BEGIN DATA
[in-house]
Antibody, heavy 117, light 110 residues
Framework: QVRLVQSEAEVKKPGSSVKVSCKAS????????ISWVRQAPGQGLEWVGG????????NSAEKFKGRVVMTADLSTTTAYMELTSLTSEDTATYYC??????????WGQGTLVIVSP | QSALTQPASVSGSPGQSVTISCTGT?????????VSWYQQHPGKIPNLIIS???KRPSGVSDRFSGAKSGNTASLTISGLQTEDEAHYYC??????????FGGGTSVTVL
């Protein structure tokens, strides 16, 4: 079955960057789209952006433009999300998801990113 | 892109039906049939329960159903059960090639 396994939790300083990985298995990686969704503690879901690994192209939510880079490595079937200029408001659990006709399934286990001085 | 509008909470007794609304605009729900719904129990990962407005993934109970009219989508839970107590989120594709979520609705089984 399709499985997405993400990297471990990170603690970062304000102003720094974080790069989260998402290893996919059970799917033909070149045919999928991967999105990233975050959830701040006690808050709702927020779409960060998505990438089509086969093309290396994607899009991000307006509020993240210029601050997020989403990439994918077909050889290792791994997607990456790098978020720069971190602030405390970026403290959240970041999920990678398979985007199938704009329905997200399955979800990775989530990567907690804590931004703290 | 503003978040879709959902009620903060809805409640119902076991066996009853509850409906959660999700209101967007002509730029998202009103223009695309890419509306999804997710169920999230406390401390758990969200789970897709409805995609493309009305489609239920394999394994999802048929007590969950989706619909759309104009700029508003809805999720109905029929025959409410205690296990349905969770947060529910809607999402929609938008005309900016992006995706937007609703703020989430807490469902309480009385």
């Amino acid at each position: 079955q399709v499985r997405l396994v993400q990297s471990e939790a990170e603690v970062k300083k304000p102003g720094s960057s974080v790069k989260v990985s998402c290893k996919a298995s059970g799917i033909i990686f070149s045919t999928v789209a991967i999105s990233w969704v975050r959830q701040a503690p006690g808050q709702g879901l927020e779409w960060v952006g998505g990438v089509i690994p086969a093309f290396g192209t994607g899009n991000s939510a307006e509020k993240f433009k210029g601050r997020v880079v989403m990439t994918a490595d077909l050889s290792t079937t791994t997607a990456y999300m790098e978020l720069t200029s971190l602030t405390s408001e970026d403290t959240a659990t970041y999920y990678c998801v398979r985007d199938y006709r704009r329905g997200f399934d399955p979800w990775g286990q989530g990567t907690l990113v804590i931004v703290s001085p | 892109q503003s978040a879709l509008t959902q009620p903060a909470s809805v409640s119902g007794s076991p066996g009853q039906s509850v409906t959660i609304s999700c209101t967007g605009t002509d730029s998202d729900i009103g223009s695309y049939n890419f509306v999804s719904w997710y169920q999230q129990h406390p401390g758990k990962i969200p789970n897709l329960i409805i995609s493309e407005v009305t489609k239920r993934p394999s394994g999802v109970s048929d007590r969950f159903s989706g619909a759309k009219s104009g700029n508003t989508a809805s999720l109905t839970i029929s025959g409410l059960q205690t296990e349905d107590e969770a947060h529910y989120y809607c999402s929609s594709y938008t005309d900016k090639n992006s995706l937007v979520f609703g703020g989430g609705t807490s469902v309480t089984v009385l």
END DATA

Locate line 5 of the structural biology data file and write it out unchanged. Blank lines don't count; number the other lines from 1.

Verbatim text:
């Amino acid at each position: 079955q399709v499985r997405l396994v993400q990297s471990e939790a990170e603690v970062k300083k304000p102003g720094s960057s974080v790069k989260v990985s998402c290893k996919a298995s059970g799917i033909i990686f070149s045919t999928v789209a991967i999105s990233w969704v975050r959830q701040a503690p006690g808050q709702g879901l927020e779409w960060v952006g998505g990438v089509i690994p086969a093309f290396g192209t994607g899009n991000s939510a307006e509020k993240f433009k210029g601050r997020v880079v989403m990439t994918a490595d077909l050889s290792t079937t791994t997607a990456y999300m790098e978020l720069t200029s971190l602030t405390s408001e970026d403290t959240a659990t970041y999920y990678c998801v398979r985007d199938y006709r704009r329905g997200f399934d399955p979800w990775g286990q989530g990567t907690l990113v804590i931004v703290s001085p | 892109q503003s978040a879709l509008t959902q009620p903060a909470s809805v409640s119902g007794s076991p066996g009853q039906s509850v409906t959660i609304s999700c209101t967007g605009t002509d730029s998202d729900i009103g223009s695309y049939n890419f509306v999804s719904w997710y169920q999230q129990h406390p401390g758990k990962i969200p789970n897709l329960i409805i995609s493309e407005v009305t489609k239920r993934p394999s394994g999802v109970s048929d007590r969950f159903s989706g619909a759309k009219s104009g700029n508003t989508a809805s999720l109905t839970i029929s025959g409410l059960q205690t296990e349905d107590e969770a947060h529910y989120y809607c999402s929609s594709y938008t005309d900016k090639n992006s995706l937007v979520f609703g703020g989430g609705t807490s469902v309480t089984v009385l």